Is it legal if my employer made me sign a paper that I cannot talk to anyone about what goes on at work?

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Is it legal if my employer made me sign a paper that I cannot talk to anyone about what goes on at work?

She told me that I could talk to my counselor but I can’t talk to friends or co-workers about anything that goes on at work. This seems like it infringes upon my freedom of speech. I mean most people will talk about their job to others and how their employer treats them. I feel like my employer treats me unfairly from time to time. I had no choice; I had to sign the paper. My employer told me that any talk about the organization could be result in defaming the organization. It is a non-profit.

Asked on September 7, 2012 under Employment Labor Law, Indiana

Answers:

SJZ, Member, New York Bar / FreeAdvice Contributing Attorney

Answered 9 years ago | Contributor

There is no freedom of speech in employment, unless you work for the government: the First Amendment (and other Constitutional Amendments) apply against government action, not against private (even non-profit) employer action. A private employer can require you to not discuss what you do at or goes on at work; this restriction, while unusual, is legal, with the following limitations:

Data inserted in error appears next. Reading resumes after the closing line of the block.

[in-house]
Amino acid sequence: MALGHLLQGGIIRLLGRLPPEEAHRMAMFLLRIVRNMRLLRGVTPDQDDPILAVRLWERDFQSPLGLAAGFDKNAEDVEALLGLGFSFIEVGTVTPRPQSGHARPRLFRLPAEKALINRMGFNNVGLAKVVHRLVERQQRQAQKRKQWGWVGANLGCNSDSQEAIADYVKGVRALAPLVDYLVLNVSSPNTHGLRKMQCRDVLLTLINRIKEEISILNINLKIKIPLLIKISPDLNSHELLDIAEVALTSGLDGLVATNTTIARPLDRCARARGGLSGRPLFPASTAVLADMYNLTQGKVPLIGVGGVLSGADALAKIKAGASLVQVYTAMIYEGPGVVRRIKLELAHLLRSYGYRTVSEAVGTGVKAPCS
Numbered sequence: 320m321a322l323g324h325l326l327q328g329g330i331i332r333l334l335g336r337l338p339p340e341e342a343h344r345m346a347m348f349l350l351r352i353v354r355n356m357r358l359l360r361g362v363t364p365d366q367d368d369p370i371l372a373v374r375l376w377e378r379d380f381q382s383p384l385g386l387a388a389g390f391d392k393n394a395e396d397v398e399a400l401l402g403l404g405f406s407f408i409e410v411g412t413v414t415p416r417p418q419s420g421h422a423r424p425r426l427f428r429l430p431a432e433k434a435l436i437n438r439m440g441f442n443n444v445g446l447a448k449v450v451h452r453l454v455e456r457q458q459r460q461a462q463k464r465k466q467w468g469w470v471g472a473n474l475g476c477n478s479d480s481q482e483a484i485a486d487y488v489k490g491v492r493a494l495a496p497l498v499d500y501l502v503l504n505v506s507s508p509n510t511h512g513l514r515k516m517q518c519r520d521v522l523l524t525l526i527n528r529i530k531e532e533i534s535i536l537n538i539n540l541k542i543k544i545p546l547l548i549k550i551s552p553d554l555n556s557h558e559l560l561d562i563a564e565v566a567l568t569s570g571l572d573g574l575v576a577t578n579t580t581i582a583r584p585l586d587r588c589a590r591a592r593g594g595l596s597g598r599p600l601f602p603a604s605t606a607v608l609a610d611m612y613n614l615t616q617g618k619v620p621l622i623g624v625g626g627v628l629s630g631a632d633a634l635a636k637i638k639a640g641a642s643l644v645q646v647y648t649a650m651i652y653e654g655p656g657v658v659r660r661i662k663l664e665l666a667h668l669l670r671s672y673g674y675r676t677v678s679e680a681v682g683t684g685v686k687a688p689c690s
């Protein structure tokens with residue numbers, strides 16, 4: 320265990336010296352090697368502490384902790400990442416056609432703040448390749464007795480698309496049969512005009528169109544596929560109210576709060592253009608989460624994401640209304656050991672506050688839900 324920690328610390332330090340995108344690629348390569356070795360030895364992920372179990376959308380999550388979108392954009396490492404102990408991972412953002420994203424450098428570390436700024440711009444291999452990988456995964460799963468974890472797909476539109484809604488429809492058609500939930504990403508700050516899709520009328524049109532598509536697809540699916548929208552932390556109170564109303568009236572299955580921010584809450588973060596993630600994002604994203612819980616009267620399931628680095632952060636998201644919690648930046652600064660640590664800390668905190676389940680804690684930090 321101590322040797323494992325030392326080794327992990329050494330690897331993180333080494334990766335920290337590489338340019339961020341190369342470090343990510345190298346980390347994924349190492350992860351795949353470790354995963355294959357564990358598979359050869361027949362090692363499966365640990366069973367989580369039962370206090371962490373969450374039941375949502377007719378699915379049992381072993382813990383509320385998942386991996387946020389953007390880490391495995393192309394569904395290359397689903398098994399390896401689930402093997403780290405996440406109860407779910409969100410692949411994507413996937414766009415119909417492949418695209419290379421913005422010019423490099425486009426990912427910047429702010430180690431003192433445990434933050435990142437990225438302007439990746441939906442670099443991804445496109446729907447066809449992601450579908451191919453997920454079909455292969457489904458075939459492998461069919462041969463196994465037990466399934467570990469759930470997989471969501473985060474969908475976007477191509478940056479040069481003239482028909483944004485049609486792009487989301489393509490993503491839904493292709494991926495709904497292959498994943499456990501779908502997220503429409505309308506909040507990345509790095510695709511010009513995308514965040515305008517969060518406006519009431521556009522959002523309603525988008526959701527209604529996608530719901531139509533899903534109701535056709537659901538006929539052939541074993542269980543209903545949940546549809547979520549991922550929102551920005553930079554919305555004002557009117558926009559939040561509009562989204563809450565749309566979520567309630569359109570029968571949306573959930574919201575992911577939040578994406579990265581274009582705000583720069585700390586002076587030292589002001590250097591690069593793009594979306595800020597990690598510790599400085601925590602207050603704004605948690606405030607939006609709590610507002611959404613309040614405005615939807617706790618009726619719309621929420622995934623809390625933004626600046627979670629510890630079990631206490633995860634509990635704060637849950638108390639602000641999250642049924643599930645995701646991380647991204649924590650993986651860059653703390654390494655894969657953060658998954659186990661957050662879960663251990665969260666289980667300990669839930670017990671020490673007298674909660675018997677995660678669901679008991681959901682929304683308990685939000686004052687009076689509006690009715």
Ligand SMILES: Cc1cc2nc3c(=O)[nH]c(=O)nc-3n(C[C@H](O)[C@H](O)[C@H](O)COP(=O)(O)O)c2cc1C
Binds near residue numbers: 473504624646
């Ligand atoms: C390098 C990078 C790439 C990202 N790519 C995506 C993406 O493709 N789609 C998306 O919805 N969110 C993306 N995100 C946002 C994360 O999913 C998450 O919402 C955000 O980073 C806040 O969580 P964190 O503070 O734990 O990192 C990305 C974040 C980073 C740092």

1) They can't prevent you from discussing work in the context of possible unionization, if applicable.

2) They can't prevent you from reporting crimes.

3) They can't prevent you from making labor- or employment-related claims (like for overtime; that you were the victim of racial, age, or sexual discrimination; for Worker's Compensation; etc.).

4) If you are subpoena'd or otherwise subject to a court order to discuss matters, you can discuss matters (though they can go to court to try to get the judge to put the order aside or place limitations on it).


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